That's right, boys. I'm ready for stabby times.
This picture follows the aristocratic Vasquez family from its first settlement in San Francisco to its threatened demise. Dolores Costello is Dolores, the lovely granddaughter of Don Hernandez de Vasquez (Josef Swickard), and the apple of her grandfather’s eye. Money-hungry speculators try to take away the old man’s rancho – home to the family he once protected and avenged through murder – but the young one, Terrence O’Shaughnessy (Charles Emmett Mack), is smitten with Senorita Dolores and refuses to play along. This drives the older of the two back to his partner, Chris Buckwell (Warner Oland), leader of the Asian underworld, for assistance. Will Dolores be able to defend her family’s honor against such criminals? Or will she be able to count on help from Terrence, the Lord, and some old-fashioned luck?
I have to give Costello credit here. I know in the past I’ve been a little rough on her acting ability, and for the first part of the picture it looked like she was going to offer more of the same: teary gazes to the rest of the cast, a confused little bird. However, when the main point of the plot kicks in – and it’s time for Dolores the character to take over as head of her family – Dolores the actress grows strong, emotional, dare I say…good?! Her lovely eyes flash and she becomes Joan of Arc, fierce and powerful in the face of her enemies.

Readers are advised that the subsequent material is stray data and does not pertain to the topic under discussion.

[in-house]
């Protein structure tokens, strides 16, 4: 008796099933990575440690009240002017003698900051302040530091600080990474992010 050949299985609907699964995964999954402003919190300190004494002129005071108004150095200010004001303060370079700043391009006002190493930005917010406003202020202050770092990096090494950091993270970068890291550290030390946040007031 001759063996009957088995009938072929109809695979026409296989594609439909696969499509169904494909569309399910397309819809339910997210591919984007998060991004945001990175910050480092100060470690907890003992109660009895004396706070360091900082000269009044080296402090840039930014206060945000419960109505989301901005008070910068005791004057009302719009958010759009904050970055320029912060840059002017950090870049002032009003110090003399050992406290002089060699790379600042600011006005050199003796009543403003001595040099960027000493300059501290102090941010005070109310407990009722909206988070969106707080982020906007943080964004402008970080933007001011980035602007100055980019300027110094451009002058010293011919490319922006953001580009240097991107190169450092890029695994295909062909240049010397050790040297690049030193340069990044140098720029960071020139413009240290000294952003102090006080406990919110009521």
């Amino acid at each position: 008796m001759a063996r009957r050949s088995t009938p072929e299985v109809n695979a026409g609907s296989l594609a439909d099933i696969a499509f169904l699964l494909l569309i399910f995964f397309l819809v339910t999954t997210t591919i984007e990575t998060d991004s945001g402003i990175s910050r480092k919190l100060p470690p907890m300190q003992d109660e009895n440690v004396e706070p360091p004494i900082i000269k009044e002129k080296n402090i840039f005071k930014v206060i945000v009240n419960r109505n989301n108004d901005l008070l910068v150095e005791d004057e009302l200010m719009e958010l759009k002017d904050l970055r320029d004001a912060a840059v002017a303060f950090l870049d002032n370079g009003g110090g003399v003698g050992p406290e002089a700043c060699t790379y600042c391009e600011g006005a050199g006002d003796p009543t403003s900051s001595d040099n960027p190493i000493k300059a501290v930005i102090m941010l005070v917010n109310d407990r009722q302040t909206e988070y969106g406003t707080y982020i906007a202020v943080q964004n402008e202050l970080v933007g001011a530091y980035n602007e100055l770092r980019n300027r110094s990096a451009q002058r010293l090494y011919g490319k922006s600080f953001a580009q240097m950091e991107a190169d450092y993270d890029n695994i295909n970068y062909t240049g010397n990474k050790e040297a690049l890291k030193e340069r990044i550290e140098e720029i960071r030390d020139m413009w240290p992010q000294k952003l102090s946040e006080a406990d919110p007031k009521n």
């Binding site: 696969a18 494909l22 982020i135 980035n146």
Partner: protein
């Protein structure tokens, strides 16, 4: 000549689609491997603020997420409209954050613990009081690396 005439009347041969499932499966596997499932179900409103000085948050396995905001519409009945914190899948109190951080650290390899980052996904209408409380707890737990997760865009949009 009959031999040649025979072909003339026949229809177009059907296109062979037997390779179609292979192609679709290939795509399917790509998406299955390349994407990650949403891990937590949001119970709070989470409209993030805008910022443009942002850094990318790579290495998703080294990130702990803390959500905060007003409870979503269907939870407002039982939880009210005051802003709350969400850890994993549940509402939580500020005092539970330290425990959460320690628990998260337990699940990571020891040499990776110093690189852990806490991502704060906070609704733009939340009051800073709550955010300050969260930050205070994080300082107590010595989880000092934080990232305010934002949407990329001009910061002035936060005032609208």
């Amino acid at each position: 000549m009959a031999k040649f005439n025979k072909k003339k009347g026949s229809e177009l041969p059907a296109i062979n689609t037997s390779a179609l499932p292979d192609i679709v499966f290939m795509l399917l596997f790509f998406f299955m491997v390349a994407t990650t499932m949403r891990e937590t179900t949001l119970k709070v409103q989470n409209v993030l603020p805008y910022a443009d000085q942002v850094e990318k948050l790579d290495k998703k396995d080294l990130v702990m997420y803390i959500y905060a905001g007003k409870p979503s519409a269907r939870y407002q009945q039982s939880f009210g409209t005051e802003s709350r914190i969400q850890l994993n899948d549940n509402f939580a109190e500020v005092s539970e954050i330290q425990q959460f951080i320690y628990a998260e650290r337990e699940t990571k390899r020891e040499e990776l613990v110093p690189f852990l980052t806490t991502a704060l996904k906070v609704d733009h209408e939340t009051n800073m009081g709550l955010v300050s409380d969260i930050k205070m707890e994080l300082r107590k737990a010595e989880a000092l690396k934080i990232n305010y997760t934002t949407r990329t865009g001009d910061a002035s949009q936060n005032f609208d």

Oland does his best with (unfortunately) another yellowface role, complete with hidden Mongolian temple in the basement. He manages to imbue some humanity into what is basically racist caricature. The same must be said for Anna May Wong, Oland’s partner and “a flower of the Orient”. Even though her role is small (and typical), she still commands the screen with her ferocity and great physical beauty.
One of my favorite things about the picture, though, is a peripheral character: Chang Loo, the dwarf brother of Chris Buckwell (Oland), played by the great Angelo Rossitto. His lines are few, but spoken with proper vitriol towards his cruel brother (who keeps him in a cage. I am not making this up.) When Buckwell meets his fate towards the end of the film, Chang Loo gleefully steps on his head climbing over rubble – ah, karma. Rossitto was discovered by John Barrymore, and was very much in demand – working steadily from his first film in the late 20s until his death in 1991. He’s known best for his role in “Freaks” or as Master Blaster from “Mad Max Beyond Thunderdome”.
A note about the earthquake sequence: don’t hold your breath. The special effects are only passable, even for the time.
I give this one:
As always, Chris Edwards' review deserves a mention -- you can check it out here, at Silent Volume.